Spend Matters Afternoon Coffee

A fascinating interview around supplier diversity...on the consumer level.
A Year of Shopping Only at Black Businesses -- The ensuing adventure, dubbed The Empowerment Experiment and chronicled in Anderson's book Our Black Year (coauthored by Chicago Tribune reporter Ted Gregory), took them from gritty corner stores at the epicenter of urban decay to Texas megachurches to the boardrooms of the nation's most powerful trade organizations. By the end, the Andersons emerged from the maw of racial-economic inequality with powerful insights into how black Americans might better wield their collective $913 billion buying power to improve their communities. I spoke with Anderson, whose book comes out this week, about the backlash she encountered, economic segregation in the black community, and the near-impossibility of finding black-made products at Walmart.

Cutting corners...
In Tax Fight, Tribes Make, and Sell, Cigarettes -- The cigarettes, branded with names like Niagara's and Bishop, sell for as little as $39.95 for a 10-pack carton -- much cheaper than those at non-Indian retailers -- and bring in millions of dollars a year to the tribe, which also has a resort casino, five golf courses and a multimedia production house. "We tried poverty for 200 years," the Oneidas' leader, Ray Halbritter, said in an interview. "We decided to try something different."

Jobless claims drop.
Jobless Claims Hold at Four-Year Low -- The number of people seeking unemployment aid was unchanged last week and the four-week average of applications fell to its lowest point in four years, the Labor Department reported Thursday. The figures are the latest evidence that the job market is improving. The Labor Department said 351,000 laid-off workers sought unemployment aid last week. That's the fewest number of people seeking unemployment assistance since March 2008, just a few months into the recession.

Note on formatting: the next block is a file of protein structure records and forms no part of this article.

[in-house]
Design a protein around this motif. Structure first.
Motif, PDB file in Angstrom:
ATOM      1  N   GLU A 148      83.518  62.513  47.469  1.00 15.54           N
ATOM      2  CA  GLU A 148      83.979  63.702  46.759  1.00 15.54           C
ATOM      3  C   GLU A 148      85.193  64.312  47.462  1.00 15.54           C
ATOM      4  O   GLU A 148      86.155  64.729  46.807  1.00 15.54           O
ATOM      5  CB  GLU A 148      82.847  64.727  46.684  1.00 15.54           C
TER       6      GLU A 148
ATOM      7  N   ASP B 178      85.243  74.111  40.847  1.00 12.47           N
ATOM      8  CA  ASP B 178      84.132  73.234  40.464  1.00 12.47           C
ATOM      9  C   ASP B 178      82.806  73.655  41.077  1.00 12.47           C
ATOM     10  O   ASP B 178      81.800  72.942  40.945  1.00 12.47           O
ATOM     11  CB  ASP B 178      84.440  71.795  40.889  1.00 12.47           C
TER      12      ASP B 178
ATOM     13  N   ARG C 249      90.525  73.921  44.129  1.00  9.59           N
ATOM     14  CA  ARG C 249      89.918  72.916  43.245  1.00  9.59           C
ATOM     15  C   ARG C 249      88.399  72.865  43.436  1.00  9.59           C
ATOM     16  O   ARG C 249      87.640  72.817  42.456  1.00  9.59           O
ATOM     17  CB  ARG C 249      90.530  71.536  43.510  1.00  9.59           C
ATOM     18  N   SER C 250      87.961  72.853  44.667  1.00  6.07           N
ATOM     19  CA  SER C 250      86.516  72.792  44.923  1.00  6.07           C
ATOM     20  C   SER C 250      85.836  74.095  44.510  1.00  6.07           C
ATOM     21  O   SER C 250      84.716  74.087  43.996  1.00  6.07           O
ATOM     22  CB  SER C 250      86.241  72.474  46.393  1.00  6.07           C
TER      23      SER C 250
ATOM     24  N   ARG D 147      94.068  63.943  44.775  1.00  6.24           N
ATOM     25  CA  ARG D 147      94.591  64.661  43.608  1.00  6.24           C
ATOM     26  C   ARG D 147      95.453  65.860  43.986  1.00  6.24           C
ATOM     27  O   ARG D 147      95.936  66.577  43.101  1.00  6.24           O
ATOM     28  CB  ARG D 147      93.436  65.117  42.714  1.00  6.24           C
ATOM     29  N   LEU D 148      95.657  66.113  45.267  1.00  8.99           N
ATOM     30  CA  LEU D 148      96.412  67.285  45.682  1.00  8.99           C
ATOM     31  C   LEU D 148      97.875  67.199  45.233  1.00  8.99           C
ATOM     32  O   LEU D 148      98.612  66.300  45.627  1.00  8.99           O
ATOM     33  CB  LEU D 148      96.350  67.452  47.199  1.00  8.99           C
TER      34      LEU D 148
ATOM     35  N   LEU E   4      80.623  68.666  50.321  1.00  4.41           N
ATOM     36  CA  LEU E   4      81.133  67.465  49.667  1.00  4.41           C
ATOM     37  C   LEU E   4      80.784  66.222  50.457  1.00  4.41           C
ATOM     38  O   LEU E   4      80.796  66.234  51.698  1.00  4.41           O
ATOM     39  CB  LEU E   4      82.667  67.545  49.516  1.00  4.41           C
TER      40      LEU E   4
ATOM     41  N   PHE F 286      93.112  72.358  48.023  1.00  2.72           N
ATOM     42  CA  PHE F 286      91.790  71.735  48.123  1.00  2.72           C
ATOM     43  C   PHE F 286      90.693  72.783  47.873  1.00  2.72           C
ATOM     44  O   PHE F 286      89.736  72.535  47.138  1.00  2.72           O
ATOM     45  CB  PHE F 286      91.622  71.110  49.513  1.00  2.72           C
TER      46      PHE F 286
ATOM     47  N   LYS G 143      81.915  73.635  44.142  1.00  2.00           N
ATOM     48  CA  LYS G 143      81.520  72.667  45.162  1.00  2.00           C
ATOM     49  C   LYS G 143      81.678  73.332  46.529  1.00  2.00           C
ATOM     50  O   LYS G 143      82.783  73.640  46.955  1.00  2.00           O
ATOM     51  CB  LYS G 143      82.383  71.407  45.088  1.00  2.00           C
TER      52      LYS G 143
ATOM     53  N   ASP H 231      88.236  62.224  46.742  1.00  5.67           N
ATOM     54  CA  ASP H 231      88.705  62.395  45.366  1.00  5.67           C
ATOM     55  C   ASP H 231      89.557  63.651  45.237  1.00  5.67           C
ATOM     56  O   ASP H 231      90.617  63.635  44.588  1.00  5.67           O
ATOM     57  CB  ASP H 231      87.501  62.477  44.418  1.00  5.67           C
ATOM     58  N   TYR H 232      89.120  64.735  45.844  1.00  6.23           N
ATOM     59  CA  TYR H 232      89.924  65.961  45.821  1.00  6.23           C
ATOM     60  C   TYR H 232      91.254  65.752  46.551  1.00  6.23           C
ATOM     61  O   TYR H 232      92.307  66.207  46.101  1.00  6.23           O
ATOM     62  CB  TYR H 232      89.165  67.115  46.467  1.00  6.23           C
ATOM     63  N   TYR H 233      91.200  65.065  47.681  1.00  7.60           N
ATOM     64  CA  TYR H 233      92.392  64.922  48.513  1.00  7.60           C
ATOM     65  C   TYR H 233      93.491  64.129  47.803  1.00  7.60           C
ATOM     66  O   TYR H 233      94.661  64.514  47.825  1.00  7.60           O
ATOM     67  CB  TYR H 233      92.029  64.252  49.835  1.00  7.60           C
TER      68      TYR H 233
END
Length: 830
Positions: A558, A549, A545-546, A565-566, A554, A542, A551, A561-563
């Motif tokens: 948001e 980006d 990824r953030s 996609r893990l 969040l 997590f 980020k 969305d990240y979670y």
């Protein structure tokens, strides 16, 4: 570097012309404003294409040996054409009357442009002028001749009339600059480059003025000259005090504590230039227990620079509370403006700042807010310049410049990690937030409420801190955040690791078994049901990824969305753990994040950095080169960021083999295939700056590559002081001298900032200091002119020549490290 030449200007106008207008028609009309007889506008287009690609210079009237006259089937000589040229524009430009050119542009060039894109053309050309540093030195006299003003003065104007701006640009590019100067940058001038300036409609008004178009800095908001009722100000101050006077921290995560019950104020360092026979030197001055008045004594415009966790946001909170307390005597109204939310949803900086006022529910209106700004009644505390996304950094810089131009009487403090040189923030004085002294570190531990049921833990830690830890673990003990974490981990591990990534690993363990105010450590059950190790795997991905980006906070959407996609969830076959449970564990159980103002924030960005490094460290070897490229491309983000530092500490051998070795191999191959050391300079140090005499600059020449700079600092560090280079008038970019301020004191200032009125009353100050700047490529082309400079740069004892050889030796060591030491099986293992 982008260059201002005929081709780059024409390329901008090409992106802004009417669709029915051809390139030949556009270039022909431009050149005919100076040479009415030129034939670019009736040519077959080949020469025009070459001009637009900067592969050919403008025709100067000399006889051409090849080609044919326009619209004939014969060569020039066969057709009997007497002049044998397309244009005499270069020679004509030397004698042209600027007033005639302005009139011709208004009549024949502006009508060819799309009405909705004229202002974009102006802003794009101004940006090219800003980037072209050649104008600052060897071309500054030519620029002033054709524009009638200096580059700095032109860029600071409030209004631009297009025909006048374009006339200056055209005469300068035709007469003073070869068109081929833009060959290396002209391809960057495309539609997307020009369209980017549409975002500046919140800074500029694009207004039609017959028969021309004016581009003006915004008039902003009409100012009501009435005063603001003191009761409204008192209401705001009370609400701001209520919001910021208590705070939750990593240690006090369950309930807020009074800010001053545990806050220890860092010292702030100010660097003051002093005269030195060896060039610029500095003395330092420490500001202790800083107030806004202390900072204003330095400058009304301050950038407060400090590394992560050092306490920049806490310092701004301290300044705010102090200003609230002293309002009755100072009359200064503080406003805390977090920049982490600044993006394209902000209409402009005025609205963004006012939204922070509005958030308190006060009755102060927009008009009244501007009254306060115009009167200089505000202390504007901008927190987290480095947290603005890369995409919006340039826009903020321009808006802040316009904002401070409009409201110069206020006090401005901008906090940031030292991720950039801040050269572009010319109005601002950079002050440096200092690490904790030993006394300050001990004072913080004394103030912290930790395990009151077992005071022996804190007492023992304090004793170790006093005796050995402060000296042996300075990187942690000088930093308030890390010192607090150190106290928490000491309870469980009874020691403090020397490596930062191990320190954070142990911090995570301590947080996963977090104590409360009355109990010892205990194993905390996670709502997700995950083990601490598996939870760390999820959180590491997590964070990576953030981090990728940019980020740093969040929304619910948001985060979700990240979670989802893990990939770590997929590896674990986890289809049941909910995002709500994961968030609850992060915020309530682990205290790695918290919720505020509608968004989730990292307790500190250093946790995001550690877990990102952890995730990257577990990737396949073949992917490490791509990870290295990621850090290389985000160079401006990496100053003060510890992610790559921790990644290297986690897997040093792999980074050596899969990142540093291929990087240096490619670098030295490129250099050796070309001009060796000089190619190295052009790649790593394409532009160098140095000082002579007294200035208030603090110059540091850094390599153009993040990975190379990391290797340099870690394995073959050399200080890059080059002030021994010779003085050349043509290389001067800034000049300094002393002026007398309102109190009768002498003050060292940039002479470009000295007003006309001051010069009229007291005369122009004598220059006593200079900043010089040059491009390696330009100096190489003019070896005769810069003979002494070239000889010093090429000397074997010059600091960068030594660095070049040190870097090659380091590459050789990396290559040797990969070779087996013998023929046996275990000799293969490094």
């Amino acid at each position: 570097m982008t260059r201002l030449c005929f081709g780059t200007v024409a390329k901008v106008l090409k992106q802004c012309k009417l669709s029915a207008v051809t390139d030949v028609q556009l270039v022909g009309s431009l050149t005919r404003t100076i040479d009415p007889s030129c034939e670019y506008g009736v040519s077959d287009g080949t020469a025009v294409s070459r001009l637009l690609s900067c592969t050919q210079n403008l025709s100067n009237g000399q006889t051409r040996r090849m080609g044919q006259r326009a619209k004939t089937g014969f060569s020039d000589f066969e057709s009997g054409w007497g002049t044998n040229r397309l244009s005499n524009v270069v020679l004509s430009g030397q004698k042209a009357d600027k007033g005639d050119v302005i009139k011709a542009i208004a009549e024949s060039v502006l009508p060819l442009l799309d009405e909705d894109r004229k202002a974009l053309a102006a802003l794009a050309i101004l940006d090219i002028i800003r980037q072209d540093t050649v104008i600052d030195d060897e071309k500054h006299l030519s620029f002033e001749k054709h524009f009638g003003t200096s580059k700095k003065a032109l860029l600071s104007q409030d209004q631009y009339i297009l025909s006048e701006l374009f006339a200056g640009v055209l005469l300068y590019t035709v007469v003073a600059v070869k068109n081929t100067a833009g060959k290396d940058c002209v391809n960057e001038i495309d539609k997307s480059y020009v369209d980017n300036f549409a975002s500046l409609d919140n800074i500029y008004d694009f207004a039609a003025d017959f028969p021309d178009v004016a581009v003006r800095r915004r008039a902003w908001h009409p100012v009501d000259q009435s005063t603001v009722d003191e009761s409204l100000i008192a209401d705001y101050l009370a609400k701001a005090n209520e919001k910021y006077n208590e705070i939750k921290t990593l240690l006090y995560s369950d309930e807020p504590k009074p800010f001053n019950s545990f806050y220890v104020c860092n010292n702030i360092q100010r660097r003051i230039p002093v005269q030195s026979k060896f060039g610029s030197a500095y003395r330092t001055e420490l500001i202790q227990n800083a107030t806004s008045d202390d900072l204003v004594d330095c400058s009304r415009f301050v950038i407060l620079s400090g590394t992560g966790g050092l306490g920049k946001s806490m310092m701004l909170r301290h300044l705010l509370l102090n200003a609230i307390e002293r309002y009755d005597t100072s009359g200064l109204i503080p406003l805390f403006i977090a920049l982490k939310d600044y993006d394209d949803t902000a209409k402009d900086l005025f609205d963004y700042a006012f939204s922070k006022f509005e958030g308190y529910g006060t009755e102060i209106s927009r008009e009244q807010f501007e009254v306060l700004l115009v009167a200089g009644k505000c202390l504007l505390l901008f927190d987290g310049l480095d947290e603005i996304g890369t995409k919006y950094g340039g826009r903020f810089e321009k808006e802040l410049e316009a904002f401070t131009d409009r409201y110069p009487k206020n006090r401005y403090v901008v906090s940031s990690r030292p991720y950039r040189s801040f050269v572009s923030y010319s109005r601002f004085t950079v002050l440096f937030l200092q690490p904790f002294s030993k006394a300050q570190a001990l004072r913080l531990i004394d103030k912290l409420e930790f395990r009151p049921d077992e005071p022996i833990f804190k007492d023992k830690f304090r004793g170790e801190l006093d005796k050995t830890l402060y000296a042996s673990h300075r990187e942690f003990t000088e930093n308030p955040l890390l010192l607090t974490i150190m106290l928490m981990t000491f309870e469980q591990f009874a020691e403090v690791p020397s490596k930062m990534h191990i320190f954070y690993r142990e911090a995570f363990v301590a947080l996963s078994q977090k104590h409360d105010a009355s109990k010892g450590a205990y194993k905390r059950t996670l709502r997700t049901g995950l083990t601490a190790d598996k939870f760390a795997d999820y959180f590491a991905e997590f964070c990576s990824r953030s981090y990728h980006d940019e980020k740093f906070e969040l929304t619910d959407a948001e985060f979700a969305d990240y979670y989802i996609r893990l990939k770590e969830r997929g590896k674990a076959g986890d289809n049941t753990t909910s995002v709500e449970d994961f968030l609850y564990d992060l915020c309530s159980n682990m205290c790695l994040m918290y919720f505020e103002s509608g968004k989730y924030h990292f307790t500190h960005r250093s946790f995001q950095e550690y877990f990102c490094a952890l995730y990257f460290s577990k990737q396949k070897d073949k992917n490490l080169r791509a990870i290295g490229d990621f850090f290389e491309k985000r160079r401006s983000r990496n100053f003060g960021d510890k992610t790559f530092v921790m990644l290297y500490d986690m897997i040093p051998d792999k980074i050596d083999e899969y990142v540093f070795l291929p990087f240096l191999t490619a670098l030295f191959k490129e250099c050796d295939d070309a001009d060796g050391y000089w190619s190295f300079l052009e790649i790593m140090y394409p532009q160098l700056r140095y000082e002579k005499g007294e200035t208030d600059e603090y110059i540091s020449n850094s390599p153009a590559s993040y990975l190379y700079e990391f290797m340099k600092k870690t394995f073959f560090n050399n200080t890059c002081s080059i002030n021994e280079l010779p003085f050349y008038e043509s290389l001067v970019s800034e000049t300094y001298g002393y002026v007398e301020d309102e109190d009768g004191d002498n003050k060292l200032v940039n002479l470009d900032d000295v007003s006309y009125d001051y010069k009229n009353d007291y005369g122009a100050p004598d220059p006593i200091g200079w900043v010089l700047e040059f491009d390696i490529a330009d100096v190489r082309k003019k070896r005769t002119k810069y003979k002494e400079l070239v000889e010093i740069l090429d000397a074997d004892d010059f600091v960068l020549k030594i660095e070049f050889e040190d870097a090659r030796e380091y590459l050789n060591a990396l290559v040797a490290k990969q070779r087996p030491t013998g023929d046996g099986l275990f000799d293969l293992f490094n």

No more iPads for the Air Force.
Air Force Abruptly Scraps iPad Plan for Special Ops -- The U.S. Air Force has abruptly cancelled a plan to buy nearly 3,000 iPad 2 tablets, just days after a news site raised questions about including a Russian-developed app for encrypting and reading documents. The original plan, posted in late December on the Federal Business Opportunities website, was to buy 2,861 iPad 2 machines to be used as electronic flight bags carrying digital versions of charts and technical manuals. The procurement specified the use of GoodReader, a popular iPad document reader developed by a Moscow, Russia software developer, Yuri Selukoff, of Good.iware. The same application, which has been well-reviewed by bloggers and tech sites, has been used in two other similar deployments, one for Alaska Airlines and another for Delta.

- Sheena Moore

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